•INVESTMENT: ‘Mexico is a very attractive place to invest in, specially for European countries’ says the Ambassador, citing the country’s infrastructure and its close ties to the world’s economic powerhouses, both in the Americas and Asia, as motives for his optimism. He believes investors are aware of these and other positive signs. However, he considers that Europe’s ‘high quality investments’ in Mexico, which generate thousands of ‘high paying jobs’ and a significant windfall in taxes, could be threatened by the ‘loss of legal stability’ caused by sudden shifts in rules and regulations. He notes that investors ‘need to be respected, spoken to and heard from’. The risk of not doing so is that ‘they could go elsewhere’. Investors know that ‘there are many opportunities in the world,’ he adds.
•AGREEMENT: Although the Ambassador does not foresee ‘tensions or difficulties arising’ in the ratification of the Global Agreement due to the current Mexican government’s protectionist, pro-fossil-fuel energy policy, he maintains that the problem of climate change is much larger than that. In his view, it is humanity’s future that’s at stake; it is evident from the conversation that this issue is particularly important to him. To avoid the imminent threats posed by climate change, Mignot encourages Mexico to join the developed world’s move towards greater environmental protection. ‘Mexico has been a historic defender of the environment’ but it needs to ‘increase its efforts’; if it doesn’t, it risks ‘looking bad’ at the UN’s Climate Change Conference (COP26) due to take place later this year in Glasgow.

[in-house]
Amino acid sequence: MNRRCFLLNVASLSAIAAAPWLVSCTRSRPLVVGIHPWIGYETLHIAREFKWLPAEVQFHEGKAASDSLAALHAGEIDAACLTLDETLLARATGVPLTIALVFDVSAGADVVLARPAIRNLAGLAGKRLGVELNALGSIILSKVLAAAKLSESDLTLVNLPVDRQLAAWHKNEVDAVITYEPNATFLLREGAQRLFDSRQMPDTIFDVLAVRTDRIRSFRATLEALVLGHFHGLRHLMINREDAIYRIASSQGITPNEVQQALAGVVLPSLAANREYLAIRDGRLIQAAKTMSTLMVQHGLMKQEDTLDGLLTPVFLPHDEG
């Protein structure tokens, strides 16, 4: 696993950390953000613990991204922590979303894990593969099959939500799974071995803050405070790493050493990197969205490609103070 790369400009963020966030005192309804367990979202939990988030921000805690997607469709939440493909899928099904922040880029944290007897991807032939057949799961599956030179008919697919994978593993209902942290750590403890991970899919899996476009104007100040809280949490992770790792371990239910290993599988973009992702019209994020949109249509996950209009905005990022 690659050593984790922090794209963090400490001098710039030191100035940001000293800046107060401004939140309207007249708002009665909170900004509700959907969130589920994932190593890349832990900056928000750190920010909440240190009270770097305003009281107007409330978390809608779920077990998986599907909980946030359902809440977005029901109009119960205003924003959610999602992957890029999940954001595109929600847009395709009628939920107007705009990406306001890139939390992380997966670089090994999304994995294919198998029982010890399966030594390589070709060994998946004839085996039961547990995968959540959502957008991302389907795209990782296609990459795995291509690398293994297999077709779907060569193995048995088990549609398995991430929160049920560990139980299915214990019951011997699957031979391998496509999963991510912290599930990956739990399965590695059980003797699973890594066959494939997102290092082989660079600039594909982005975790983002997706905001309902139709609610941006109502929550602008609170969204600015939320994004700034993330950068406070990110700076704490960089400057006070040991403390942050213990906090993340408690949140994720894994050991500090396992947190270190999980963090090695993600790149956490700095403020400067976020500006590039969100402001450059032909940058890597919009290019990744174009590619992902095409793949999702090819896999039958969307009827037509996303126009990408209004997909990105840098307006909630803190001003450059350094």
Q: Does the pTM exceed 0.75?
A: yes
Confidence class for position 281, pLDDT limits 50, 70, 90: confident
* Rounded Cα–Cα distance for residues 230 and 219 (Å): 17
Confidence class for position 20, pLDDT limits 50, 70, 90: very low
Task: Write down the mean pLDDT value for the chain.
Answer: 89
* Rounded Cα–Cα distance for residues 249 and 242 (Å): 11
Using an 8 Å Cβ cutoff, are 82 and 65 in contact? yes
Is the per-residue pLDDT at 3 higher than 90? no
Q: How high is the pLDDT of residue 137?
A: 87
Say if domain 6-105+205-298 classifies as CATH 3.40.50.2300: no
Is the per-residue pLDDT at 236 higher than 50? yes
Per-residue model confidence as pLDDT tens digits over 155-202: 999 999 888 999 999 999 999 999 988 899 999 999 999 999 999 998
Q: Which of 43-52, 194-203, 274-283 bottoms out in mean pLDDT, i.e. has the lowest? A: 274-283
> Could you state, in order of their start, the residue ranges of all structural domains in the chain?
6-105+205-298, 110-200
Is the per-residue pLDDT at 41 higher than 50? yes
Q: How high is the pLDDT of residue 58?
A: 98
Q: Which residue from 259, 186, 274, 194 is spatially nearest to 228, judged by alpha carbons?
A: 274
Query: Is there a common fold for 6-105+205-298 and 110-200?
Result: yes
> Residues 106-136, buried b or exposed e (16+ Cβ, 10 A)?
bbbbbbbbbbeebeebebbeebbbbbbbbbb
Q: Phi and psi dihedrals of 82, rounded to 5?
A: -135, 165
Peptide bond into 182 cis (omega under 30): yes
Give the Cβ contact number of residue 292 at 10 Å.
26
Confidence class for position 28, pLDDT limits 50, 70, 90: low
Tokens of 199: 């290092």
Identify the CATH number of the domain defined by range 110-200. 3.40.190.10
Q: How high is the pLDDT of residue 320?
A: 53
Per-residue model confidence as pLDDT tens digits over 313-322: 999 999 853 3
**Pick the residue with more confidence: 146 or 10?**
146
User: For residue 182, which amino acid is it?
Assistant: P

•PEACE AND HUMAN RIGHTS: As mentioned earlier, the promotion of peace and the defence of human rights are among the Ambassador’s top priorities. When it comes to addressing these issues, he says that Mexico, at both a federal and a local level, can count on the ‘EU as a ready friend,’ amicability which the Ambassador feels has been reciprocated by the Mexican government. Within the broad spectrum of security challenges the country faces, ‘not all of them the sole responsibility of Mexico,’ Mignot emphasises that he will seek to increase the visibility of the attacks ‘against human rights defenders and journalists’. However, he makes clear that his role ‘is not to give out lessons’. Rather, he believes that the ‘EU and Mexico are made to work together’.
•U.K.: The Financial Times published an editorial calling on president López Obrador and his government to seize the golden economic opportunity “offered by strong US growth and the nearshoring of production from China”. The paper’s editorial board urged the president to rid himself of his “anti-business rhetoric” and his “attacks on institutions”.
•GERMANY: Die Zeit, the Hamburg-based daily, carried an article on Texas Governor Greg Abbott’s intention to continue construction of President Trump’s border wall, although “fundamental doubts about the feasibility of the project remain”. The article goes on to say that Abbott will seek to grant state police the legal faculties to arrest migrants, a task historically within the exclusive domain of federal authorities.
•FRANCE: Le Figaro, the French newspaper, had a piece on the murder of Mexican journalist Javier Valdez. More than 4 years after the killing of Valdez, a culprit has finally been found. Valdez, from the Northwestern state of Sinaloa, was a collaborator of Agence France-Presse, the international news agency headquartered in Paris.
•AWARD: Valeria Luiselli, the Mexican novelist who’s written profusely about the plight of Mexican and Central American migrants, won the prestigious 2021 Dublin Literary Award for her novel, Lost Children Archive. Along with the recognition, comes €100,000, “the world’s largest prize for a single novel published in English”. The story was first reported by the Irish paper, The Independent.